For the last few miles I experienced both at a magnitude that can only be described as magical. 

Approaching the Finish Line

*************

This journey was for Karen. Every mile, every dollar raised, but I was rewarded with a priceless gift. I was given magic. 

I got to witness the magic of conquering cancer. 

I got to witness the magic of team. 

I was given the magic of friendship. 

I gained the magic of belief. I saw my strengths. I saw my teams strengths. I saw our strengths magnify as we worked together. 

********

This journey isn’t over. In my heart we haven’t crossed the finish line yet. We are just beginning. There is so much more  magic waiting for us to see it. I don’t know where to begin. All I know is I’m getting started. 

We Did It!
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Coastal Delaware Half Marathon: Placing my Exclamation Point on Race Day

When this training cycle all began back in January, I wasn’t trying to accomplish anything. My only goal was to recommit to my training. I saw gaps in my previous training cycles, and I wanted to over come them. I wanted to conquer early morning runs so family time in the evening wasn’t sacrificed. I wanted to tackle tempo runs that terrified me. I wanted to be invested in myself and my family, and I knew my running shoes would take me there. I knew those early morning wake ups would result in better days. I knew tackling my tempo runs would add vibrancy to daily interactions.

#theyearofwakingup was born.

With each training run, I felt more alive. I became more engaged. Work flourished. My commitment to the running community took off. Every corner of my life felt fulfilled.

When life is good, running is good.

While the weeks between the Shamrock Marathon and my race in Delaware were not picture perfect (hello Flu and goodbye husband who was out of town for work commitments), my coach was quick to remind me that there are many chapters that make up our race day story. I was ready for race day.

I was confident. I was scared. I was excited. For the first time in a long time, I wanted a personal best. I didn’t just want a strong race and a happy race, I wanted to be my best.

There is no better time to risk failing than when life is good. I had nothing to loose. I finally had the confidence to recognize that I do want a 1 as the first number of my half marathon PR. I’ve never doubted that my legs have the ability to move so much faster than they ever have, but I have always doubted that my training was perfect enough, that my body felt strong enough or fast enough for it to happen on race day.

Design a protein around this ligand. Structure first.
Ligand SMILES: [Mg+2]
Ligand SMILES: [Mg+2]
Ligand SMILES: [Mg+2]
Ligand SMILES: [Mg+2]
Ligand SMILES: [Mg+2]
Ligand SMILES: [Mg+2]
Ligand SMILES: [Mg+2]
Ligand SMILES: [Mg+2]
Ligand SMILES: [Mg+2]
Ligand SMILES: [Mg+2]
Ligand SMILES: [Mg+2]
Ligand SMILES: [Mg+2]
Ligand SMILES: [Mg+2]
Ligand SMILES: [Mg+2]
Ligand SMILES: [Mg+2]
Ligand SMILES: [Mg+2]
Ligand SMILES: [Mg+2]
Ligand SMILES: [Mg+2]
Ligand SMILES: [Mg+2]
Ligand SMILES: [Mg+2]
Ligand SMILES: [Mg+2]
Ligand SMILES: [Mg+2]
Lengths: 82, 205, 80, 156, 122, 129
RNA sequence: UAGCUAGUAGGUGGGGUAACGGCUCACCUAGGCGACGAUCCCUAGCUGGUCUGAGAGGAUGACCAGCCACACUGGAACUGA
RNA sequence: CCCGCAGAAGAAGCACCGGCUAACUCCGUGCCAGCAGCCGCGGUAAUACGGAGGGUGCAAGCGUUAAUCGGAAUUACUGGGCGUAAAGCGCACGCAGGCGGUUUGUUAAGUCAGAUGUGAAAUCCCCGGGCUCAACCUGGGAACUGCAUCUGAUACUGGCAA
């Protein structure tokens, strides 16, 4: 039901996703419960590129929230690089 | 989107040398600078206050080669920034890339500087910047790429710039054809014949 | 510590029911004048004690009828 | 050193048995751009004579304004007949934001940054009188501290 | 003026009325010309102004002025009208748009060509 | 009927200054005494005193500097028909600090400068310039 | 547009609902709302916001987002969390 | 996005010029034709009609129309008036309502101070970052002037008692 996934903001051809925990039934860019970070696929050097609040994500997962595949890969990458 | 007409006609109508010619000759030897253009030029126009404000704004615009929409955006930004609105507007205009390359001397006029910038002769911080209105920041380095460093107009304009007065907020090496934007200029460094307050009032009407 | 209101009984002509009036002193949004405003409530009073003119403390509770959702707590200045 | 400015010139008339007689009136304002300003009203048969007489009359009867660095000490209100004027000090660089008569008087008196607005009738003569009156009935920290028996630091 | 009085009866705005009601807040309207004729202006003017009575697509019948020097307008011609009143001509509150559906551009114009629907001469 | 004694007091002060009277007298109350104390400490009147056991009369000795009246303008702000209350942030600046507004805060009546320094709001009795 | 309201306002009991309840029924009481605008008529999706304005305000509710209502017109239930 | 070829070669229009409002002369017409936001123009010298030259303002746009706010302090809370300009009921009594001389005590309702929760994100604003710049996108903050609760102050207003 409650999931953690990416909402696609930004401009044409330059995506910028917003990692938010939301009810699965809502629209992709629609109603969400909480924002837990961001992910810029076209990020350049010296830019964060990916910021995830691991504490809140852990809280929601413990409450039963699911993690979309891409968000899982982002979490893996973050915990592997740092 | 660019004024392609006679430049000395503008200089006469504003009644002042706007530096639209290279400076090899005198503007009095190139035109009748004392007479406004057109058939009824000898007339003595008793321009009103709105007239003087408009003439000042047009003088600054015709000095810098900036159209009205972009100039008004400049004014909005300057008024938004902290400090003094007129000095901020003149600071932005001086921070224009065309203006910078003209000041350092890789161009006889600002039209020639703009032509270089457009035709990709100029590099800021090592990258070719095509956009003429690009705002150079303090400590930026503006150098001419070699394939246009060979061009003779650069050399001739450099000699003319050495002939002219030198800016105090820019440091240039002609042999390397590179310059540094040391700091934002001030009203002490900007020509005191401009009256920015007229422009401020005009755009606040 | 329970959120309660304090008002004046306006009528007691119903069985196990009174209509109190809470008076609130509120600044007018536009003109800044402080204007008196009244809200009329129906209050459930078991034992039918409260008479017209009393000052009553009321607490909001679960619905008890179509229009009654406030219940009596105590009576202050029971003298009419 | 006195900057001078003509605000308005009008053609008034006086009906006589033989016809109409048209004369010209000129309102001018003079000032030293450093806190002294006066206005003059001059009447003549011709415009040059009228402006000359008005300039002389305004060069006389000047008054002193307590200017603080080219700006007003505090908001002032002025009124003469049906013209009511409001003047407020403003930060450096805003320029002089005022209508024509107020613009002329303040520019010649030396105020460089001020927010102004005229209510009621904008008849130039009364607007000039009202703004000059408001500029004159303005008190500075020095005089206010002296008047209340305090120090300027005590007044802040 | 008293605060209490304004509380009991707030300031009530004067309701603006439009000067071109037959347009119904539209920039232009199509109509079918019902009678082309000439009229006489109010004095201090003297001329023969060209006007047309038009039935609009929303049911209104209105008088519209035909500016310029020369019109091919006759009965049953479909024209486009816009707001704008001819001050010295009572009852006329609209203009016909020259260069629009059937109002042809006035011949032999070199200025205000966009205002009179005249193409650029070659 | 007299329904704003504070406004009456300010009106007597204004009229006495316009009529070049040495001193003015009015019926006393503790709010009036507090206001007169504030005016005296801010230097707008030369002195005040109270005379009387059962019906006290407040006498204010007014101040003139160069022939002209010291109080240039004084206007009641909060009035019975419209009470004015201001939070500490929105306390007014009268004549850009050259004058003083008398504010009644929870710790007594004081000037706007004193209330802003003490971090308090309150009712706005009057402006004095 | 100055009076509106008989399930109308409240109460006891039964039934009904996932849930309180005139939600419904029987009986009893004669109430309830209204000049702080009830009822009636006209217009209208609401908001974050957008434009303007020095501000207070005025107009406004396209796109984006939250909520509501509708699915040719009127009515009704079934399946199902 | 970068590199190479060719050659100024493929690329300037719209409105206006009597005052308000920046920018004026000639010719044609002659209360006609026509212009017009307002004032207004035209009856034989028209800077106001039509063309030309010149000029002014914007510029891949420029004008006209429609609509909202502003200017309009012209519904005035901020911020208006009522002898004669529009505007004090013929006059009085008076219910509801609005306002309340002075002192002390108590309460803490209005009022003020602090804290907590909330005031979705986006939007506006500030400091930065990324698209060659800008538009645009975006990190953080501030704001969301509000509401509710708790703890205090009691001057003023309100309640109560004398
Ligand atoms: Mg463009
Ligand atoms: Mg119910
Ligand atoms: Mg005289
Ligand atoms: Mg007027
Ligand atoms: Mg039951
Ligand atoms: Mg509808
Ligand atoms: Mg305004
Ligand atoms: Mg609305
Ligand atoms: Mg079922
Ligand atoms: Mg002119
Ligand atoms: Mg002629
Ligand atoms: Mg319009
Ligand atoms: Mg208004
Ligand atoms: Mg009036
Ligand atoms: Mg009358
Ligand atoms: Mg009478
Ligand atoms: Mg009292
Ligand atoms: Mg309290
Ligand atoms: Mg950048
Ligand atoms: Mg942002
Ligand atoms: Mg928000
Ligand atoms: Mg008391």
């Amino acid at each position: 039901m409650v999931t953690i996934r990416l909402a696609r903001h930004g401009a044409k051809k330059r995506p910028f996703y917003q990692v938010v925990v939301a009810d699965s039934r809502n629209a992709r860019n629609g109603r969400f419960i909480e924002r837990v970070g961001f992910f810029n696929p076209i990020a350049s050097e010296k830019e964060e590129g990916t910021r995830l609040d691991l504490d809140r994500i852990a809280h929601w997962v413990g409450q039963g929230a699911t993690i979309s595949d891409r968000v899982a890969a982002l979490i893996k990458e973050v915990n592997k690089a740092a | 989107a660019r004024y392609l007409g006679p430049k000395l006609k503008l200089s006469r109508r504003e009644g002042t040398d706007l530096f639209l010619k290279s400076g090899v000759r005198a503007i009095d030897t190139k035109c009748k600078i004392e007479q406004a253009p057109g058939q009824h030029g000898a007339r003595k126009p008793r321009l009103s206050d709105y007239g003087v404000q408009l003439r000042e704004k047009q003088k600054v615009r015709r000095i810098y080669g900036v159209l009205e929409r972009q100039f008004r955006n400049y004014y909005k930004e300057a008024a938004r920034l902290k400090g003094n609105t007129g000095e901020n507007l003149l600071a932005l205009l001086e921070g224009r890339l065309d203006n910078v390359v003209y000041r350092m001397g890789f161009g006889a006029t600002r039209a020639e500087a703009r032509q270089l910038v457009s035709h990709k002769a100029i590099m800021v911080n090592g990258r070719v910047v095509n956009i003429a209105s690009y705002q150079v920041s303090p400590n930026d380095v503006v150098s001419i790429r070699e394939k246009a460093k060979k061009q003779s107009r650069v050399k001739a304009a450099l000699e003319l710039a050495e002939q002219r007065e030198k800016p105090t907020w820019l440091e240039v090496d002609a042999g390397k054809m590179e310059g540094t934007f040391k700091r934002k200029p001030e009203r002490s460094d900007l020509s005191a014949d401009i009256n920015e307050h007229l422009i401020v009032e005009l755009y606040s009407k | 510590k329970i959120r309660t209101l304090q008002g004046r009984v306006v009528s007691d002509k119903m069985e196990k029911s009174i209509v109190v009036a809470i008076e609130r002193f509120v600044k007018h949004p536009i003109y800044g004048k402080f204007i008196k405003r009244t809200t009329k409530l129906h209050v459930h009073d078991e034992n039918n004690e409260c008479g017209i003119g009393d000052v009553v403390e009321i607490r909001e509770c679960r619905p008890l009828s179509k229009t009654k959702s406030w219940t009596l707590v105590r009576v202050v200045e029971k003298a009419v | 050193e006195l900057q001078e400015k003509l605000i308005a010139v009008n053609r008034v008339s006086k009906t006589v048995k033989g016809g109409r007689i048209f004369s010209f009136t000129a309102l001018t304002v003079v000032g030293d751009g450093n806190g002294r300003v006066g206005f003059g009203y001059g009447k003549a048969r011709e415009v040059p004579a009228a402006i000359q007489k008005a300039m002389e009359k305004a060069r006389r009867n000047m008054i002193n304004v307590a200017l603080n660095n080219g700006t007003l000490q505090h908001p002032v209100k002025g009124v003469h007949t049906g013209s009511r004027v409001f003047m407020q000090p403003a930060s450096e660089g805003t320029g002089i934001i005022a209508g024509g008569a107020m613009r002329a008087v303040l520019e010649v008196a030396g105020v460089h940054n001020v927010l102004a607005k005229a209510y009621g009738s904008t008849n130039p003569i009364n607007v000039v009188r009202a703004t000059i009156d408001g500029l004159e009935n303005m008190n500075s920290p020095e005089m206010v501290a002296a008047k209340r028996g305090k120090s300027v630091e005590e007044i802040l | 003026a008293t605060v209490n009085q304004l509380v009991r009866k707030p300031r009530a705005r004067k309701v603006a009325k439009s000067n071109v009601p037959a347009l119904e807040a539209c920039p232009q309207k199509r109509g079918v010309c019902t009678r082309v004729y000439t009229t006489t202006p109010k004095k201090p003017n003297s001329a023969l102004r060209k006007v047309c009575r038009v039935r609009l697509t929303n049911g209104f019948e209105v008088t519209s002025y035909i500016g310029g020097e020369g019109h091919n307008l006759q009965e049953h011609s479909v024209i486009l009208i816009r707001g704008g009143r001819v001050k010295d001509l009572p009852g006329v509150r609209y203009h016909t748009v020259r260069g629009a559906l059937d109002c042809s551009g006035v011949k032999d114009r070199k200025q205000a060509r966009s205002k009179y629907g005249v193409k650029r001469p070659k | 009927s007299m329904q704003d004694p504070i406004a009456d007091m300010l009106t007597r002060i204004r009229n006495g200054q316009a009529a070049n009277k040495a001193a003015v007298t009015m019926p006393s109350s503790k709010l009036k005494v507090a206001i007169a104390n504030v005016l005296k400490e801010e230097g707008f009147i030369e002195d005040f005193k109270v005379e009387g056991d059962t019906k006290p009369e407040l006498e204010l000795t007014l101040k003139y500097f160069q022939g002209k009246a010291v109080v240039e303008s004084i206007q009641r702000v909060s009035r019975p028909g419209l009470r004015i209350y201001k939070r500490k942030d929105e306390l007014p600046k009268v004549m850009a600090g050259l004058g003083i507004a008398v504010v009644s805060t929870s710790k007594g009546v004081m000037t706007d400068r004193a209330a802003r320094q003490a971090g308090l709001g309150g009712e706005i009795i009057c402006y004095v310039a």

Going into this race I still wasn’t sure, but I didn’t care. I wanted to try. I wanted to take the risk. I needed to take the risk.


Race day arrived. I had nerves, but I knew this was good. It was a sign of my desire to reach for something just out of my reach. I knew I could do it. I felt it. It was mine to claim. With my dear friend Karen by my side, our race started as corral 2 was released on to the course. We made our way north along the coastal highway. The weather was perfect. The light breeze felt refreshing. The course that was waiting for us was gorgeous. It was going to be a great day.

We were running. My body felt engage. I wasn’t having hip pain. As doubts appeared, I quickly pushed them away. But something wasn’t right. I had no energy to give. I hoped that mile 1 was a liar, but mile 2 told the same story. So did mile 3, 4, 5 and 6. By the time we crossed the 10k mark, I had used every trick I knew to keep myself going. All I wanted to do was nap. I wanted to stop, lay down, close my eyes, and try again. My legs felt great, my breathing was easy, but I was so fatigued.

In my self proclaimed year of waking up, the last thing I expected to feel on race day was a deep desire to sleep. When I couldn’t will myself to move forward any more, I walked and all those ugly doubts I’ve spent a lifetime telling to move on took my break as an invitation to move back in. I was sad. I was embarrassed. I was disappointed. I felt like I let everyone down. At mile 11 after run/walking for the last 3 miles, a sob came out of nowhere.

I wanted that 1:xx half marathon time not just for me, but for my husband who has supported my crazy love of running for longer than our marriage. I wanted it for my coach who has invested so much into me as a runner but even more so as a person. I wanted it for my boys and my parents who give up weekends so I can race.